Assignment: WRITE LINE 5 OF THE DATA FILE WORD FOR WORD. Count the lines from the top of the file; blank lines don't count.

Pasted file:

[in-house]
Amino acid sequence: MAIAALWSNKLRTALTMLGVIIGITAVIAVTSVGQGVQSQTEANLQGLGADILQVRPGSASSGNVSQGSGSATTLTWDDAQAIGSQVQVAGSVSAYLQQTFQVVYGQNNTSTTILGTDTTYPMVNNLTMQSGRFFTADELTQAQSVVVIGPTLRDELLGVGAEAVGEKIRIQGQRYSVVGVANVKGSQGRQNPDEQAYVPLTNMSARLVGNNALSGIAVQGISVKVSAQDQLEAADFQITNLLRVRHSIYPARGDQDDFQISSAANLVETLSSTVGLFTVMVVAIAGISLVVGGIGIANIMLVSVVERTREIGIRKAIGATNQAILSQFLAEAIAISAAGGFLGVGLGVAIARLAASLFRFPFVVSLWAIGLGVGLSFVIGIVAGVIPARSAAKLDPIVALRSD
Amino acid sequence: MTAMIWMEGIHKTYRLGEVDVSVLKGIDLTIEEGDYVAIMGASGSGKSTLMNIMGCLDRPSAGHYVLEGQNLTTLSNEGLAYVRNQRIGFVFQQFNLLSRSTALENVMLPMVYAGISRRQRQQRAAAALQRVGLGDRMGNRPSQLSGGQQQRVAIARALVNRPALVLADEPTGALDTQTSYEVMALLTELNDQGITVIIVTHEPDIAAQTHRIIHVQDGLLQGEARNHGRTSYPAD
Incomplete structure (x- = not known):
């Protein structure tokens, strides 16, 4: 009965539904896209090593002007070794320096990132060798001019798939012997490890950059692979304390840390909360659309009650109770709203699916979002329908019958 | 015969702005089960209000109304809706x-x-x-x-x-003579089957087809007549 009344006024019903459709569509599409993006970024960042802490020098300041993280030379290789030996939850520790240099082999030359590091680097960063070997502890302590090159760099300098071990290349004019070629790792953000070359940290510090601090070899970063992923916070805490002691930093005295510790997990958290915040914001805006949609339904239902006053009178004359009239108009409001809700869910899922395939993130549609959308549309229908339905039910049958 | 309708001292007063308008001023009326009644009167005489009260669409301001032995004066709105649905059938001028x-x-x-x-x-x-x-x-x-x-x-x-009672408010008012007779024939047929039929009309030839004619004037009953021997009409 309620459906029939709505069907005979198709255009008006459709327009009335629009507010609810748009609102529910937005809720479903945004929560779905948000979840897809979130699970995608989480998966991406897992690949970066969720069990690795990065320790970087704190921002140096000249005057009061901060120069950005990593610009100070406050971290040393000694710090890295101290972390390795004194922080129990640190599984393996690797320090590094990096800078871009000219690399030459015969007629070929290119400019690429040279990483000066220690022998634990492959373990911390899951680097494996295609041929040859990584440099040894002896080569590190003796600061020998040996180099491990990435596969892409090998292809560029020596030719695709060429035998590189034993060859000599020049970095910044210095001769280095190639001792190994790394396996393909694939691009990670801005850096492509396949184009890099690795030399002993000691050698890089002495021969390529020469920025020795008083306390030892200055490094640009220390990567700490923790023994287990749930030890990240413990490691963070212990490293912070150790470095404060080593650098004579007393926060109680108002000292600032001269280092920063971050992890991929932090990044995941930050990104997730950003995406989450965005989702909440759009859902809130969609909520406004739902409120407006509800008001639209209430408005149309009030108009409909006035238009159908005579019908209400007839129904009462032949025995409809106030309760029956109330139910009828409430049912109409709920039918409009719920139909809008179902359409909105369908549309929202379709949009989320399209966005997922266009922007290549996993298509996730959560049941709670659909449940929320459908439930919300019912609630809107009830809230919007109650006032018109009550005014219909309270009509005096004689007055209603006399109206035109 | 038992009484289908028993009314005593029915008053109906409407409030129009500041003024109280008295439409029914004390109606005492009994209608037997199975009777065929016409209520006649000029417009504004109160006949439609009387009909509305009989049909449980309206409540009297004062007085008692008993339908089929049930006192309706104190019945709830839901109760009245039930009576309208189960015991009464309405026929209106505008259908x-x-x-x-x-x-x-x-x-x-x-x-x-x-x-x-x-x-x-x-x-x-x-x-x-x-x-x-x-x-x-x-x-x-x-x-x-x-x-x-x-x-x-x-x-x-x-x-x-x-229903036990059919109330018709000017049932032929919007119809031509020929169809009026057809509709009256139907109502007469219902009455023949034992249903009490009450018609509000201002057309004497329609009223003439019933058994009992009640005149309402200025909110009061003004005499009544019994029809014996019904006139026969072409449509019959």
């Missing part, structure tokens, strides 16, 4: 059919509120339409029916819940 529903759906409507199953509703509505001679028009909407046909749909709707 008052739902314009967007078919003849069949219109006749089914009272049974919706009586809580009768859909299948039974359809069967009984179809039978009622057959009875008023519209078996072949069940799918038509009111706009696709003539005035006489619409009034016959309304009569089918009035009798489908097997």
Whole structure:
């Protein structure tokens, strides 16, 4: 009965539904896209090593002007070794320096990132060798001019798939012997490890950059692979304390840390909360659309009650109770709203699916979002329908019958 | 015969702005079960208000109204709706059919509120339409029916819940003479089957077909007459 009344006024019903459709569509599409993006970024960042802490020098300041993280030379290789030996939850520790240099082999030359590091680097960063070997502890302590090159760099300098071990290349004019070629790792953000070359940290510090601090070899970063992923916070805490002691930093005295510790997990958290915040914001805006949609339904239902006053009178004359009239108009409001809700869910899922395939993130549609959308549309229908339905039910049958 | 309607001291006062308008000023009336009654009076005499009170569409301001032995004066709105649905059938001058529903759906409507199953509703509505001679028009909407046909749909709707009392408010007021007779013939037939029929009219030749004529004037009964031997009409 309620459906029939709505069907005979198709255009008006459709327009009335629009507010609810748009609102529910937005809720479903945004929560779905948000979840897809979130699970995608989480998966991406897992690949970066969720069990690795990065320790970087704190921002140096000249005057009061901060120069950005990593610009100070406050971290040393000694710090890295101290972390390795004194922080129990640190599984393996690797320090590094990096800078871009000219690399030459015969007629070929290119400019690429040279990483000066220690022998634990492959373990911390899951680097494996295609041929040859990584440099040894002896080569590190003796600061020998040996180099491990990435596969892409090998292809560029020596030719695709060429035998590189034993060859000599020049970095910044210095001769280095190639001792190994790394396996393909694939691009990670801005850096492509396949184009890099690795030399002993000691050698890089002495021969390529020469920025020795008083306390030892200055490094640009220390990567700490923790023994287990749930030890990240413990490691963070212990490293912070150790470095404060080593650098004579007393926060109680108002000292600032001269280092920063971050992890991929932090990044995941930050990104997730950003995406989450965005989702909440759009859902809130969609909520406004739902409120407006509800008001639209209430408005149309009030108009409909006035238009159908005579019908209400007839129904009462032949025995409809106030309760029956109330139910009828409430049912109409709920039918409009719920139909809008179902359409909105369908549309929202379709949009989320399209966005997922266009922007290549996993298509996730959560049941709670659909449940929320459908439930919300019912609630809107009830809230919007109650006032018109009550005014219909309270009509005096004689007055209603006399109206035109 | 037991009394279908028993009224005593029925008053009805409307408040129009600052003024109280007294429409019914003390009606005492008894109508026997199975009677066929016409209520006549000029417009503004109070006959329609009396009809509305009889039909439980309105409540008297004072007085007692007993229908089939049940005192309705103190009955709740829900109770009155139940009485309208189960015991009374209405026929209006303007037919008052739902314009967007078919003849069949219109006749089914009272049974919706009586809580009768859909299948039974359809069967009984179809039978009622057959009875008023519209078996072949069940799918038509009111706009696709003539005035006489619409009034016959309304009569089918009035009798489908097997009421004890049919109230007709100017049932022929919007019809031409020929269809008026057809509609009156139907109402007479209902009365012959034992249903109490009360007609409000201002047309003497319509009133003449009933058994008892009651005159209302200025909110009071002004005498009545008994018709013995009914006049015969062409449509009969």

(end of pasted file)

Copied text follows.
């Protein structure tokens, strides 16, 4: 009965539904896209090593002007070794320096990132060798001019798939012997490890950059692979304390840390909360659309009650109770709203699916979002329908019958 | 015969702005089960209000109304809706x-x-x-x-x-003579089957087809007549 009344006024019903459709569509599409993006970024960042802490020098300041993280030379290789030996939850520790240099082999030359590091680097960063070997502890302590090159760099300098071990290349004019070629790792953000070359940290510090601090070899970063992923916070805490002691930093005295510790997990958290915040914001805006949609339904239902006053009178004359009239108009409001809700869910899922395939993130549609959308549309229908339905039910049958 | 309708001292007063308008001023009326009644009167005489009260669409301001032995004066709105649905059938001028x-x-x-x-x-x-x-x-x-x-x-x-009672408010008012007779024939047929039929009309030839004619004037009953021997009409 309620459906029939709505069907005979198709255009008006459709327009009335629009507010609810748009609102529910937005809720479903945004929560779905948000979840897809979130699970995608989480998966991406897992690949970066969720069990690795990065320790970087704190921002140096000249005057009061901060120069950005990593610009100070406050971290040393000694710090890295101290972390390795004194922080129990640190599984393996690797320090590094990096800078871009000219690399030459015969007629070929290119400019690429040279990483000066220690022998634990492959373990911390899951680097494996295609041929040859990584440099040894002896080569590190003796600061020998040996180099491990990435596969892409090998292809560029020596030719695709060429035998590189034993060859000599020049970095910044210095001769280095190639001792190994790394396996393909694939691009990670801005850096492509396949184009890099690795030399002993000691050698890089002495021969390529020469920025020795008083306390030892200055490094640009220390990567700490923790023994287990749930030890990240413990490691963070212990490293912070150790470095404060080593650098004579007393926060109680108002000292600032001269280092920063971050992890991929932090990044995941930050990104997730950003995406989450965005989702909440759009859902809130969609909520406004739902409120407006509800008001639209209430408005149309009030108009409909006035238009159908005579019908209400007839129904009462032949025995409809106030309760029956109330139910009828409430049912109409709920039918409009719920139909809008179902359409909105369908549309929202379709949009989320399209966005997922266009922007290549996993298509996730959560049941709670659909449940929320459908439930919300019912609630809107009830809230919007109650006032018109009550005014219909309270009509005096004689007055209603006399109206035109 | 038992009484289908028993009314005593029915008053109906409407409030129009500041003024109280008295439409029914004390109606005492009994209608037997199975009777065929016409209520006649000029417009504004109160006949439609009387009909509305009989049909449980309206409540009297004062007085008692008993339908089929049930006192309706104190019945709830839901109760009245039930009576309208189960015991009464309405026929209106505008259908x-x-x-x-x-x-x-x-x-x-x-x-x-x-x-x-x-x-x-x-x-x-x-x-x-x-x-x-x-x-x-x-x-x-x-x-x-x-x-x-x-x-x-x-x-x-x-x-x-x-229903036990059919109330018709000017049932032929919007119809031509020929169809009026057809509709009256139907109502007469219902009455023949034992249903009490009450018609509000201002057309004497329609009223003439019933058994009992009640005149309402200025909110009061003004005499009544019994029809014996019904006139026969072409449509019959």